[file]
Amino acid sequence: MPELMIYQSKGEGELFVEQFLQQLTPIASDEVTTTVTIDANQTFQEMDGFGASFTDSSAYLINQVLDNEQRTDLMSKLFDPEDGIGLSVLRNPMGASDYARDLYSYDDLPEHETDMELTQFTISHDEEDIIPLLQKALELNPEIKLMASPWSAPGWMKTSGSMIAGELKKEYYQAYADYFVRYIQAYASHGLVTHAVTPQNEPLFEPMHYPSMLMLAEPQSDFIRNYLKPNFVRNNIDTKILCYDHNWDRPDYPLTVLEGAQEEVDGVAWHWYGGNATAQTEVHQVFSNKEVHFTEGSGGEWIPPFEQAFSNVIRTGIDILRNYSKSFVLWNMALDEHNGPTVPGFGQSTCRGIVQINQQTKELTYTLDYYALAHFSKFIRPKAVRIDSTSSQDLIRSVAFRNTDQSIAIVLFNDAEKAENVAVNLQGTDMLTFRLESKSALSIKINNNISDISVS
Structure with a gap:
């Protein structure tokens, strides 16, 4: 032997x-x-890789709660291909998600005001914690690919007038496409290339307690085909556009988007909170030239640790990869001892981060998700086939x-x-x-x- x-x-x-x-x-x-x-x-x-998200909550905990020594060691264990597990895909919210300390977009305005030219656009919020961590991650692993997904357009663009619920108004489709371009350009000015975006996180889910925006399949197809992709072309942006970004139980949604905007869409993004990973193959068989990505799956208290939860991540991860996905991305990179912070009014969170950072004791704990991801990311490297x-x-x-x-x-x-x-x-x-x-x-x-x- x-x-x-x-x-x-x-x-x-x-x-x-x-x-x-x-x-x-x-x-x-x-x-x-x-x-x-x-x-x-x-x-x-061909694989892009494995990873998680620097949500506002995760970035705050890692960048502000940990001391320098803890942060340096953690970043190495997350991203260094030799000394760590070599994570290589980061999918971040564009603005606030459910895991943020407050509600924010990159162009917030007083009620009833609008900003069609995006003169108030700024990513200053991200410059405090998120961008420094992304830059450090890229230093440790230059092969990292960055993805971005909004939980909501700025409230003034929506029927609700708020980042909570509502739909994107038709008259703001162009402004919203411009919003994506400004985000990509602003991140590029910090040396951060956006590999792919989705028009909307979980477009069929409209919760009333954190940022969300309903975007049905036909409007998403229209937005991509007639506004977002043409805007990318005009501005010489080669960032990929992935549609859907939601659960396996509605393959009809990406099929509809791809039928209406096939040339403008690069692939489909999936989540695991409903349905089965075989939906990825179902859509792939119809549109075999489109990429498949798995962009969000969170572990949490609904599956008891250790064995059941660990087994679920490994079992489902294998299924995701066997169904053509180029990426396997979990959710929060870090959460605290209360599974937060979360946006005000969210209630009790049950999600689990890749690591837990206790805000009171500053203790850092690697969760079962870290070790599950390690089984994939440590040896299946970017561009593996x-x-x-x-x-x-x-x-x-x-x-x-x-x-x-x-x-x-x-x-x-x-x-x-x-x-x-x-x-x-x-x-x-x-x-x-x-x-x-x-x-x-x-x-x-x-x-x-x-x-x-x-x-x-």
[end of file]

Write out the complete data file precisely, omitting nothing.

Amino acid sequence: MPELMIYQSKGEGELFVEQFLQQLTPIASDEVTTTVTIDANQTFQEMDGFGASFTDSSAYLINQVLDNEQRTDLMSKLFDPEDGIGLSVLRNPMGASDYARDLYSYDDLPEHETDMELTQFTISHDEEDIIPLLQKALELNPEIKLMASPWSAPGWMKTSGSMIAGELKKEYYQAYADYFVRYIQAYASHGLVTHAVTPQNEPLFEPMHYPSMLMLAEPQSDFIRNYLKPNFVRNNIDTKILCYDHNWDRPDYPLTVLEGAQEEVDGVAWHWYGGNATAQTEVHQVFSNKEVHFTEGSGGEWIPPFEQAFSNVIRTGIDILRNYSKSFVLWNMALDEHNGPTVPGFGQSTCRGIVQINQQTKELTYTLDYYALAHFSKFIRPKAVRIDSTSSQDLIRSVAFRNTDQSIAIVLFNDAEKAENVAVNLQGTDMLTFRLESKSALSIKINNNISDISVS
Structure with a gap:
């Protein structure tokens, strides 16, 4: 032997x-x-890789709660291909998600005001914690690919007038496409290339307690085909556009988007909170030239640790990869001892981060998700086939x-x-x-x- x-x-x-x-x-x-x-x-x-998200909550905990020594060691264990597990895909919210300390977009305005030219656009919020961590991650692993997904357009663009619920108004489709371009350009000015975006996180889910925006399949197809992709072309942006970004139980949604905007869409993004990973193959068989990505799956208290939860991540991860996905991305990179912070009014969170950072004791704990991801990311490297x-x-x-x-x-x-x-x-x-x-x-x-x- x-x-x-x-x-x-x-x-x-x-x-x-x-x-x-x-x-x-x-x-x-x-x-x-x-x-x-x-x-x-x-x-x-061909694989892009494995990873998680620097949500506002995760970035705050890692960048502000940990001391320098803890942060340096953690970043190495997350991203260094030799000394760590070599994570290589980061999918971040564009603005606030459910895991943020407050509600924010990159162009917030007083009620009833609008900003069609995006003169108030700024990513200053991200410059405090998120961008420094992304830059450090890229230093440790230059092969990292960055993805971005909004939980909501700025409230003034929506029927609700708020980042909570509502739909994107038709008259703001162009402004919203411009919003994506400004985000990509602003991140590029910090040396951060956006590999792919989705028009909307979980477009069929409209919760009333954190940022969300309903975007049905036909409007998403229209937005991509007639506004977002043409805007990318005009501005010489080669960032990929992935549609859907939601659960396996509605393959009809990406099929509809791809039928209406096939040339403008690069692939489909999936989540695991409903349905089965075989939906990825179902859509792939119809549109075999489109990429498949798995962009969000969170572990949490609904599956008891250790064995059941660990087994679920490994079992489902294998299924995701066997169904053509180029990426396997979990959710929060870090959460605290209360599974937060979360946006005000969210209630009790049950999600689990890749690591837990206790805000009171500053203790850092690697969760079962870290070790599950390690089984994939440590040896299946970017561009593996x-x-x-x-x-x-x-x-x-x-x-x-x-x-x-x-x-x-x-x-x-x-x-x-x-x-x-x-x-x-x-x-x-x-x-x-x-x-x-x-x-x-x-x-x-x-x-x-x-x-x-x-x-x-």